Today’s podcast is a little different. I’m sharing the audio from a Daily Dose of OPTIMISM! that I recorded with Barbara C. Morton on LinkedIn Live. Be sure to follow me on Twitter or LinkedIn for resources to help guide you as we face this pandemic together!
How do you build a new customer-focused initiative within an established public sector organization? Barbara C. Morton, who joined the Department of Veterans Affairs in 2016 learned how to do just that. Barbara was brought on board to be the organization’s first-ever Deputy Chief Veterans Experience Officer and has been working diligently to bring a human-centered-design approach to her CX strategy.
Within this role, Barbara works with many different customers—her first customer being the veterans. She shares how her vision in creating a veterans-focused experience has helped improve client relationships and satisfaction. Those of you in the public sector who work with everyone from elected officials, to regular citizens, caretakers, lawyers, and more, will definitely get great value out of this conversation.
Is Your Customer Journey Baked Into Your Organizational Strategy?
When Barbara stepped into her role, she had to work through her first phase of getting the department’s mission and core capabilities defined. She wanted to ensure that the capabilities which focused on the veteran experience would be driven across the whole organization. Barbara worked with the Office of Enterprise Integration to lead an agency-wide effort to bake in the veteran’s experience story map as a part of the core strategy of the Department.
Additionally, Barbara leveraged her lawyer experience to hardwire customer experience principles in the VA’s regulations and implementation as part of their values and characteristics. They recently amended the regulations to make this improvement. Though the Department of Veteran’s Affairs has multiple customers, Barbara states that the veterans are the first customer and the office’s philosophy is that they serve the public first, not the bureaucracy first.
Barbara shares that once they implemented the journey map for the outpatient experience, they also developed new, relevant KPIs to measure against so that they could know just how successful their actual efforts have been. For Barbara and her team, it was about ensuring the customer journey is more than just post-it notes, but something that could be turned into action. With the journey map, they were able to create programs that addressed pain points for veterans based on the research. They knew what was important to the veterans and implemented operational changes to make certain accommodations.
For Barbara and her team, it was about ensuring the customer journey is more than just post-it notes, but something that could be turned into action. -- @VetsExperience #leadership #customerexperience Click To Tweet
Your Website is an Important Part of the Customer Journey
When working through plans to improve the Department of Veteran’s Affairs, Barbara and her team also revamped the organization’s website to be more user-friendly. By incorporating human-centered design, their goal was to redesign the website so that it was more intuitive to use. Since relaunching the website, customer satisfaction has increased by nine percent. To Barbara, this was reinforcement that when you design around the customer, you can provide better results for them.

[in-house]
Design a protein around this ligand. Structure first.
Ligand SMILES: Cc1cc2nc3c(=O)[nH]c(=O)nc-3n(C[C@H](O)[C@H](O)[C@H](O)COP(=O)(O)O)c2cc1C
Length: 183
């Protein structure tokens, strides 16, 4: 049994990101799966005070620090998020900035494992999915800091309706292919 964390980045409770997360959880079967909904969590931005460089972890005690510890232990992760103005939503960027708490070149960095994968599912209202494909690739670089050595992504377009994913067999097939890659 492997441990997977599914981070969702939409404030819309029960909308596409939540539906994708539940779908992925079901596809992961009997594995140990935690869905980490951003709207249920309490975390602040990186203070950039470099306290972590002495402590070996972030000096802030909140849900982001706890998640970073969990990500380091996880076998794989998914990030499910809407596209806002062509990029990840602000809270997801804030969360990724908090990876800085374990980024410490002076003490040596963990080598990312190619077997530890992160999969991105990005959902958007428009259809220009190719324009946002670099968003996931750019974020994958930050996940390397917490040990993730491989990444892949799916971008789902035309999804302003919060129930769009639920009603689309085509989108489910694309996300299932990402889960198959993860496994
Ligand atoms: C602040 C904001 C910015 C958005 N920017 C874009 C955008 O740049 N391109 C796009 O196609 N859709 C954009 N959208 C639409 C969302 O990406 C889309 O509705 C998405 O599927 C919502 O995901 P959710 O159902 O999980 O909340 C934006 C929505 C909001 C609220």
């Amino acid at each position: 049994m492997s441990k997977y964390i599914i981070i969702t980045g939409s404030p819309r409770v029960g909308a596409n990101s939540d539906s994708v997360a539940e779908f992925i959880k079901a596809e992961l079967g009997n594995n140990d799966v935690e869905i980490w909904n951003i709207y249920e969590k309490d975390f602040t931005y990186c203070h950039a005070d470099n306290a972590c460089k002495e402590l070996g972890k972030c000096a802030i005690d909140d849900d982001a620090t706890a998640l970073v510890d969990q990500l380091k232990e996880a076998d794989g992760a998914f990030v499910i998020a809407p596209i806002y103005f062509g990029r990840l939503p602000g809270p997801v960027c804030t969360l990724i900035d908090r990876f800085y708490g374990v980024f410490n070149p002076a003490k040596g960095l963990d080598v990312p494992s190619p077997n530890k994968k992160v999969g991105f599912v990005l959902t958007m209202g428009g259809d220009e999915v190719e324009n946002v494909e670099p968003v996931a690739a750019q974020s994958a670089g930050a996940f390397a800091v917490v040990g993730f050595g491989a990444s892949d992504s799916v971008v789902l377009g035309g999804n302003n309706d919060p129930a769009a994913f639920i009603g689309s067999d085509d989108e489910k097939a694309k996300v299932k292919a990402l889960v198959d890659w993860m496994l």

Barbara thanks her supportive leaders and team for embedding customer experience performance metrics in every senior executive performance plan at VA. She recognized that people are motivated when they’re held accountable, and having metrics in place has helped others work towards achieving the customer-focused goals.
In addition to working through new plans with the team that was already in place, Barbara also worked with the management agenda, which drives experience across government, to bring in talent that would help them focus on human-centered design practices. This means, looking for talent who can be empathetic leaders and those who have the personality trait and the emotional intelligence to help the VA with the cultural movement.
What Do You Know Now That You Wish You Knew Then?
“I wish I knew in the early days when it was a startup and there were some tough days. When I was starting out I had a small team near me, which was amazing. They were my initial coalition of the willing, but I wish I’d had visibility across government to my brothers and sisters and other agencies because we could have comforted each other and rallied around each other. So I wish I had known about this incredible network of brothers and sisters across government four years ago. I’m so happy I have them you know, close and tight in my orbit today, but I would have loved to have known them for years ago. But happy to have them now.”
About Barbara C. MortonBarbara C. Morton serves the Department of Veterans Affairs as the Deputy Chief Veterans Experience Officer in the Veterans Experience Office. In this role Barbara is responsible for building a lasting customer experience capability at VA and sharing best practices across sister Federal Agencies.
She received the Gears of Government President’s Award (2019) and the Service to the Citizen Award (2019) for her role in transforming VA’s capabilities to provide Veterans with an excellent customer experience.
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